I had a discussion with a friend who argued that if one cannot empirically observe or measure something, then it doesn't exist. In his linear Newtonian way of looking at the world, he was excluding the entire existence of the unseen world from what we acknowledge as real, which I perceive as the matrix behind the entire nature and mechanics of the Universe that we claim to scientifically know. The current ruling paradigm of scientific materialism has established itself as the conclusive arbiter of what is real and true, such that if something is deemed unscientific it becomes at best questionable and at worst something illegal or even punishable by law. The defenders of scientific dogma too often see their conclusions as absolute, infallible, and unquestionable.
This scientific paradigm that defines the truths we live by is based on four dominant tenets that are deemed indisputable facts. First, the physical world we can measure is all there is. Second, that nature favors the strongest and the fittest will prevail. Third, that we are victims of our biological inheritance and the most that we can hope for is that science finds a way to compensate for our inherent flaws and frailties. And fourth, that life is essentially random and without guiding purpose. With these tenets as our foundation, it is clear how we have arrived at a point where money, material goods, and machinery are more valuable than things unseen.
Science is now our religion, but it wasn't always the arbiter of truth. Before Darwin sailed in the Beagle, it was the Church that served as the guiding paradigm of all things true. The truth was different then. The tenets of the Church were essentially that we were on this Earth only by divine intervention, put here to live out a morality drama and obey the Word of God – or else. And before that the truth was that we came from chaos, here only to please the whimsy of mischievous gods that one had better not anger or offend.
Like the adherents of science today, the Church positioned itself as the sole source of civilization's knowledge. The Church was able to control the power of that knowledge by controlling education, amassing vast wealth and great influence in the process, not unlike defenders of science today. As the mighty intercessor between God and the King, the Church was able to secure the arm of the law to secure its dominion. In time, with its intoxication with power and authority, the Church's original mission of helping humanity took a back seat to the more immediate mission of helping itself. Like science today, its precarious power and authority rested solely upon the fragile foundation that its knowledge represented absolute truth.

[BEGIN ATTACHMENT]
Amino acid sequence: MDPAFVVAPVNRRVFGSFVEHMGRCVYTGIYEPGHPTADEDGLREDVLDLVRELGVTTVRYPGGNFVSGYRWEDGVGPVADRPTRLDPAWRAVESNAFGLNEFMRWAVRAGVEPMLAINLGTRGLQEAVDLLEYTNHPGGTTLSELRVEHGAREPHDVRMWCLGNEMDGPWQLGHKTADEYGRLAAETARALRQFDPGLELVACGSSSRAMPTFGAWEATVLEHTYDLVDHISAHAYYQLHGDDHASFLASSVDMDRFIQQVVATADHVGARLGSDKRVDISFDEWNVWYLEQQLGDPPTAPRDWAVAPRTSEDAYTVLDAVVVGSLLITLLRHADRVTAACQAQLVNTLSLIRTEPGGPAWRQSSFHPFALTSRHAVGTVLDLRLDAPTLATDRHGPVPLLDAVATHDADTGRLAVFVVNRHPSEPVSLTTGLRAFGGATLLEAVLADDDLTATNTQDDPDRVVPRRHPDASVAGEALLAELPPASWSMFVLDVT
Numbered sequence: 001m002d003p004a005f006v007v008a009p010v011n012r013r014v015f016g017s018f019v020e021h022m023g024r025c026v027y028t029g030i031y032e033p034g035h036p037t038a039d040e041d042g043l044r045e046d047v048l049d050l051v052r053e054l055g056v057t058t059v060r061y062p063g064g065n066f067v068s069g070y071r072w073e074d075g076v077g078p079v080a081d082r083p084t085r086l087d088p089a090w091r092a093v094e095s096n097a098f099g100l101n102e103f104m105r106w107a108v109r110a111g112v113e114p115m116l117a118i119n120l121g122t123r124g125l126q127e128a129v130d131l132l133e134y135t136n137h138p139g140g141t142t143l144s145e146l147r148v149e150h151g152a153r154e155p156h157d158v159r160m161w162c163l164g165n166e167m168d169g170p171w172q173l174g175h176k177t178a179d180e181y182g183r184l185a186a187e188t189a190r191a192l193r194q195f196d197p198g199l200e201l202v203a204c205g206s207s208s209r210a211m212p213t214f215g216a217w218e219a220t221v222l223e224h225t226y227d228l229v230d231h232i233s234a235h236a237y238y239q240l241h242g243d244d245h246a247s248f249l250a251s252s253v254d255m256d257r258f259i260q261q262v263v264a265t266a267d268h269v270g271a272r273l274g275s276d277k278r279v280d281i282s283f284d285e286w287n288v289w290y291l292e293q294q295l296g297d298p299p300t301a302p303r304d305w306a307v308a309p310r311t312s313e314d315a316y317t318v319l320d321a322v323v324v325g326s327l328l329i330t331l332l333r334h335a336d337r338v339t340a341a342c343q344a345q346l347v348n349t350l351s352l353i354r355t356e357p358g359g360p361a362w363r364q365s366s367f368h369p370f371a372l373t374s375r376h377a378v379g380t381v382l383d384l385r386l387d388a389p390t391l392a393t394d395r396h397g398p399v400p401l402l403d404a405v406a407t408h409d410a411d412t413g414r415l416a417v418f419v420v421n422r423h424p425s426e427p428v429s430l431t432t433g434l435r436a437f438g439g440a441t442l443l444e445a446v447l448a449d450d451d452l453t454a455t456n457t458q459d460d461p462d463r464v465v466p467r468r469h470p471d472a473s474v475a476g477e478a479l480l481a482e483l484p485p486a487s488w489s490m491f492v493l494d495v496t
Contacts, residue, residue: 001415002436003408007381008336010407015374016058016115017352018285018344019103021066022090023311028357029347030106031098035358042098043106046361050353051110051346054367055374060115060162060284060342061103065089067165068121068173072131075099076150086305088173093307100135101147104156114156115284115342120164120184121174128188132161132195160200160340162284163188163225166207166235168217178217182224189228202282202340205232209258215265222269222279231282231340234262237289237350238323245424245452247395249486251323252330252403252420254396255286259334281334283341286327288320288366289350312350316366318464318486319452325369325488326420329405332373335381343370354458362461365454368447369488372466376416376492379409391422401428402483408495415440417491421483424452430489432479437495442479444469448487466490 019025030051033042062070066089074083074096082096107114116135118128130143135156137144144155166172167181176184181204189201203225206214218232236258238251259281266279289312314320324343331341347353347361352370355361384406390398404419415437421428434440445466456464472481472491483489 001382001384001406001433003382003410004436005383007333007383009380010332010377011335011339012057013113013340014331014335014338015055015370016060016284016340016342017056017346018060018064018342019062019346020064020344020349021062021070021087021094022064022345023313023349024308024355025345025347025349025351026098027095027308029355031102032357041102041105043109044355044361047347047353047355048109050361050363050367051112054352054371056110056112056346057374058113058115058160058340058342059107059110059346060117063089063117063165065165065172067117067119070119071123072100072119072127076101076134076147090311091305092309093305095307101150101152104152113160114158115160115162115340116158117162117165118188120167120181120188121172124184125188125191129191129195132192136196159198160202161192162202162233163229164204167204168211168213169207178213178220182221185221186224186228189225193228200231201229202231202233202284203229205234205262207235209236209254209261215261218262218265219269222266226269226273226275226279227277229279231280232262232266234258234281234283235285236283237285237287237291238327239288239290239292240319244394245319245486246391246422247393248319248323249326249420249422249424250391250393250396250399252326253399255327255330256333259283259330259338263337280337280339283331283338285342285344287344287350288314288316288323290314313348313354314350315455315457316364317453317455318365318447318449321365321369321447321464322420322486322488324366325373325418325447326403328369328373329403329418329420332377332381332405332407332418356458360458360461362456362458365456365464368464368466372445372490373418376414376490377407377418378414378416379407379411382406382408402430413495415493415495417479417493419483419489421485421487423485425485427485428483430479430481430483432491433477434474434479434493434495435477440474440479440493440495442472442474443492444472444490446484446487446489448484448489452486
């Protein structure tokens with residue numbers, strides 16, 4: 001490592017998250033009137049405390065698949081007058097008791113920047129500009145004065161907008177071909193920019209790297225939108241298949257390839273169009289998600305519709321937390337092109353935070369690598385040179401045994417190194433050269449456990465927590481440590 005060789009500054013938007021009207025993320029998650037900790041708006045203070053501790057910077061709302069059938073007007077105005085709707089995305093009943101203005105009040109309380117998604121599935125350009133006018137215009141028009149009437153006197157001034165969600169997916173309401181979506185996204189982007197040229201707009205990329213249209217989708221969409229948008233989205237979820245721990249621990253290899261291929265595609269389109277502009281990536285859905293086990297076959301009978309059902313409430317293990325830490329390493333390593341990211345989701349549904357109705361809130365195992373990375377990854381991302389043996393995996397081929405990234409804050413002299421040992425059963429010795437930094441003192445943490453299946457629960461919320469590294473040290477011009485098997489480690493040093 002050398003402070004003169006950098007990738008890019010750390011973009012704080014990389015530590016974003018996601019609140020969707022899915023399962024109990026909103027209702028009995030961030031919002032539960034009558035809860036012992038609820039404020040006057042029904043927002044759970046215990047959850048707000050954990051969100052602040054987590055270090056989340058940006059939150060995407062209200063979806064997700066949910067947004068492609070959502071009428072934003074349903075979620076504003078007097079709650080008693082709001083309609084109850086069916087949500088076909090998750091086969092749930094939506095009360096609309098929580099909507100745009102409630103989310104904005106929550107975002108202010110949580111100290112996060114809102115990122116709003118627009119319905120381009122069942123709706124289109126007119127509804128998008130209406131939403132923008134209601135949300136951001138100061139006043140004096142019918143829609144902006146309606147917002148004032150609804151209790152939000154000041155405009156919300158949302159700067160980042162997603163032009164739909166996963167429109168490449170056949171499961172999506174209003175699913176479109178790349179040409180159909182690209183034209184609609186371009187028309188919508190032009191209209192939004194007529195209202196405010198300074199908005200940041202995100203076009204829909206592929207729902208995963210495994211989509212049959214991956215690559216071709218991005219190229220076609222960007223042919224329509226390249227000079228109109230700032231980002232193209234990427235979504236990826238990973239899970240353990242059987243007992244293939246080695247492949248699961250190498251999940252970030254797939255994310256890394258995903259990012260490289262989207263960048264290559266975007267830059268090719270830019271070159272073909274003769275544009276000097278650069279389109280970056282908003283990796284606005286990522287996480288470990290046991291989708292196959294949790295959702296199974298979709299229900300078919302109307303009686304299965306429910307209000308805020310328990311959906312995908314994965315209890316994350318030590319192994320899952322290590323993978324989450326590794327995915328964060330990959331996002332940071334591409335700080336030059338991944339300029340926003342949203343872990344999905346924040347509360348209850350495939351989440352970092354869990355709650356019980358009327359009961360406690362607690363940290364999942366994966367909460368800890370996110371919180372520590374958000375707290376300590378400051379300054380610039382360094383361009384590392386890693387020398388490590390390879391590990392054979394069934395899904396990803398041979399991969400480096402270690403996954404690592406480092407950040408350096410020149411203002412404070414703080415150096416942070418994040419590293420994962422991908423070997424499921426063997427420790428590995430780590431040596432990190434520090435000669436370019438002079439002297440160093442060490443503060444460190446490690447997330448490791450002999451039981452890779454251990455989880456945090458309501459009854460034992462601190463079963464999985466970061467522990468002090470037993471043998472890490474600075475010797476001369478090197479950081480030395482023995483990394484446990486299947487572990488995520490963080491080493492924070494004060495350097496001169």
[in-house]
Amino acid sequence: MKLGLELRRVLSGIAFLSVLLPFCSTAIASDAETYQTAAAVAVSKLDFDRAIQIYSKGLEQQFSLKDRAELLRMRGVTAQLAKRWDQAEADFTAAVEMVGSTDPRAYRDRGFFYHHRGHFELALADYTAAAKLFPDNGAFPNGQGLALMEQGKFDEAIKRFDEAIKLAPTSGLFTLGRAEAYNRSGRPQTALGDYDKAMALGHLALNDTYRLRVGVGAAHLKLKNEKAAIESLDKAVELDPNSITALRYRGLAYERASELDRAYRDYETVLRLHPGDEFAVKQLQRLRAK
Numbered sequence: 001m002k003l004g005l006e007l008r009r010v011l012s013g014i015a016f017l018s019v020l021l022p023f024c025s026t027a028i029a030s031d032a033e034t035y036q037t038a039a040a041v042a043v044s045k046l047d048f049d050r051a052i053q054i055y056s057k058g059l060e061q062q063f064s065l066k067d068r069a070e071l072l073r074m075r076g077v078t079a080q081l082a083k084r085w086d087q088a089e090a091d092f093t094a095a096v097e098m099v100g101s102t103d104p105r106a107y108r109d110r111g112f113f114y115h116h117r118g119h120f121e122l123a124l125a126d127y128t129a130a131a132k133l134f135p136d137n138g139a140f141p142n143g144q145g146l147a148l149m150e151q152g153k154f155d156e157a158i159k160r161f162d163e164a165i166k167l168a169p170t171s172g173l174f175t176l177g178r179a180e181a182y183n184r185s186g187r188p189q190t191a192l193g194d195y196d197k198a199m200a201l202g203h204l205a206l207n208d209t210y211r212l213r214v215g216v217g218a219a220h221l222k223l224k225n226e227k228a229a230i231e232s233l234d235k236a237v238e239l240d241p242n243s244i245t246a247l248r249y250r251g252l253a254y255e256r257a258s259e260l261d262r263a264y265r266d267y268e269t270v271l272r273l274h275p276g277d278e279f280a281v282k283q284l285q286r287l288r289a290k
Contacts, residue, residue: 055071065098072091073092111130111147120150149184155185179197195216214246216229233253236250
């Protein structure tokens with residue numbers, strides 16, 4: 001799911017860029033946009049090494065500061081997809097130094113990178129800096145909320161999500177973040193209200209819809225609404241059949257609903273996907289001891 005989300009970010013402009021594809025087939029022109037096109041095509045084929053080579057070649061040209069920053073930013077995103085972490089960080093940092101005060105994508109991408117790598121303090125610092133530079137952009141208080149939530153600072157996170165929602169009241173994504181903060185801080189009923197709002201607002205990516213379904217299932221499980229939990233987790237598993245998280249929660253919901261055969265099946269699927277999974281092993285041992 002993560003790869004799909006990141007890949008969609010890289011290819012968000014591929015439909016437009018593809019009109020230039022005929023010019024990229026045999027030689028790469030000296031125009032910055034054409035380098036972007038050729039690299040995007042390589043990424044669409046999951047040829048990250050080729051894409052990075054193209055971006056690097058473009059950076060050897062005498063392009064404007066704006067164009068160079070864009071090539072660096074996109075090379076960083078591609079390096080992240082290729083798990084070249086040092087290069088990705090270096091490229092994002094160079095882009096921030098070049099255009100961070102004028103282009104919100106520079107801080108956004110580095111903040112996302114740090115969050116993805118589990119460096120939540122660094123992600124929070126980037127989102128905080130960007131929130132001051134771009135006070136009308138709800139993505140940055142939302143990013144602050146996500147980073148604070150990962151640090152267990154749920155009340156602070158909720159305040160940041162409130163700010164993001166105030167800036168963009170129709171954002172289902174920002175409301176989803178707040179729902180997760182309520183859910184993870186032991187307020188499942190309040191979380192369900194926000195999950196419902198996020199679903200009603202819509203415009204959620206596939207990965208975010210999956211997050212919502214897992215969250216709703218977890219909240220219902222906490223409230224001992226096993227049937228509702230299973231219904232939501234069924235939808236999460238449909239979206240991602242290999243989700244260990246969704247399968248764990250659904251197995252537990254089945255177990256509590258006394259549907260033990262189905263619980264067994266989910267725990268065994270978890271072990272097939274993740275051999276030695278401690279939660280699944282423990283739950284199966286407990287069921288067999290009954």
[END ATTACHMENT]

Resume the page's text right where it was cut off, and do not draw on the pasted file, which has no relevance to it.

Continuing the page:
But nothing lasts forever – not even truth - and the Church was inevitably challenged as followers arrived at new truths. The bloody Inquisition and the Renaissance laid a path for science to supplant the old paradigm with its new truths. And like the Church, the things that pass for truth in our mass consciousness today, as defined by the scientific paradigm, will pass as well. This is already happening under the weight of its own inquiry. The spirit of science is alive and well. Scientists thinking outside the defined parameters of scientific limitation are creating unexpected upheavals at the leading edges of science. It is their new findings that are dramatically rewriting the way we see the world. Look around and we see we are in the throes of revolution. The defenders of the old scientific dogma have dug in to hold onto a paradigm that is quickly slipping away. Like the Church, it is those who profit from obsolete dogma that most resist the change of long held cherished beliefs. Science can no longer defend its disappearing dogma by saying “it is true because we say it is.”
A new paradigm of holism that includes unseen things is emerging. There is much, much more to the universe than just the things we can observe and measure. Matter does not matter as much as the unseen matrix behind it. We are not alone. We share a universe that is teaming with all manner of conscious beings. Darwin's evolutionary hypothesis, in part, is but one of many working hypotheses. We are not victims of genetics, but have full control over our biological expression at all times merely by changing the way we perceive the world we interact with. We are not here by chance but because of a driving overarching purpose. Every aspect of life has meaning, and like our scientific understanding of energy, that which makes us alive cannot be destroyed and is eternal. These are the truths we will come to know and believe and trust as we transition into a new paradigm, a new era, now, right in front of our eyes.